Availability of Data and Materials

The datasets generated during and/or analyzed during the current study are available from the corresponding authors on reasonable request.

Authors’ Contributions

YD, KW, YT, and QW conducted the experiments and gathered the data. SZ, HM, and JL conceived and supervised the work. YD analyzed the data and prepared the manuscript. All authors read and approved the final manuscript.

Competing Interests

The authors declare that they have no competing interests.

Publisher’s Note

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Open AccessThis article is distributed under the terms of the Creative Commons Attribution 4.0 International License (http://creativecommons.org/licenses/by/4.0/), which permits unrestricted use, distribution, and reproduction in any medium, provided you give appropriate credit to the original author(s) and the source, provide a link to the Creative Commons license, and indicate if changes were made.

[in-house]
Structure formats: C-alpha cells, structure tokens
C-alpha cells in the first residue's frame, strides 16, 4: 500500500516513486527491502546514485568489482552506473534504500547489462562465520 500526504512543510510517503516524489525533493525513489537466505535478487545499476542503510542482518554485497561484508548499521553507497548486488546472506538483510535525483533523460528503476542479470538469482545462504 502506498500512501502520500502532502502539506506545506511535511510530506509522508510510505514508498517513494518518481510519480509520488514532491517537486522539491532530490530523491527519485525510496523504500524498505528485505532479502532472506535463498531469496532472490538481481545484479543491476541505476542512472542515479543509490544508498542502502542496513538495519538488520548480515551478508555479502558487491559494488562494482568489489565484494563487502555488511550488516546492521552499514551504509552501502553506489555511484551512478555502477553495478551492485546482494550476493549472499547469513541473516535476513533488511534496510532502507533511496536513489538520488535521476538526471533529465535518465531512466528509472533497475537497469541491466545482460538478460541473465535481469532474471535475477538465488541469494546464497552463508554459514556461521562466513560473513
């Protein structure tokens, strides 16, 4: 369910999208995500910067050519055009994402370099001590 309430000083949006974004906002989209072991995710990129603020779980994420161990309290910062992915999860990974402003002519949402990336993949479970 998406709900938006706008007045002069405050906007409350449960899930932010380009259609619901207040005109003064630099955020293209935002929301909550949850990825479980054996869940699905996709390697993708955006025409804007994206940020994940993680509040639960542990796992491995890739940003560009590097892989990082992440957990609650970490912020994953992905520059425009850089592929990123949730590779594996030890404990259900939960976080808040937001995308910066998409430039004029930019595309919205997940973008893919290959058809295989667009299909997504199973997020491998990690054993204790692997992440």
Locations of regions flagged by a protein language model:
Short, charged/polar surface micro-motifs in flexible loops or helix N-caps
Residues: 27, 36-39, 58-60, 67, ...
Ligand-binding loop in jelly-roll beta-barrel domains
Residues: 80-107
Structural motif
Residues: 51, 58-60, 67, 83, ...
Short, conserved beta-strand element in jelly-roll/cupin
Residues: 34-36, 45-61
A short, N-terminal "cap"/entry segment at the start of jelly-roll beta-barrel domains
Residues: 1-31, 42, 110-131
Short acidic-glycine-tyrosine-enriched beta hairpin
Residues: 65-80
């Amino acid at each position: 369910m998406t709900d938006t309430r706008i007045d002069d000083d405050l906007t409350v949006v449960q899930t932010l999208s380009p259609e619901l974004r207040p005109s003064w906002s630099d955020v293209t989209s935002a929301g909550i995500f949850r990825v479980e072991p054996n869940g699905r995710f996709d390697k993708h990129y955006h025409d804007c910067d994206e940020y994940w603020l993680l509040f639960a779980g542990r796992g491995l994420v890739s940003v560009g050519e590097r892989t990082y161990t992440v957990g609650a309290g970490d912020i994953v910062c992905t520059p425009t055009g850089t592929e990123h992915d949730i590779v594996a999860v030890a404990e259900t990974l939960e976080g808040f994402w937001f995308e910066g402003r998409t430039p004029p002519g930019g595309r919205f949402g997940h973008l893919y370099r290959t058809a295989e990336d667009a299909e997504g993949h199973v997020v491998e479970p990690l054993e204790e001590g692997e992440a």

Authors’ Affiliations

(1)
MOE Key Laboratory of Wooden Material Science and Application, Beijing Forestry University, Beijing, China
(2)
Wood Material Technology, Department of Bioproducts and Biosystems, School of Chemical Engineering, Aalto University, Espoo, Finland
(3)
School of Technology, Beijing Forestry University, Beijing, China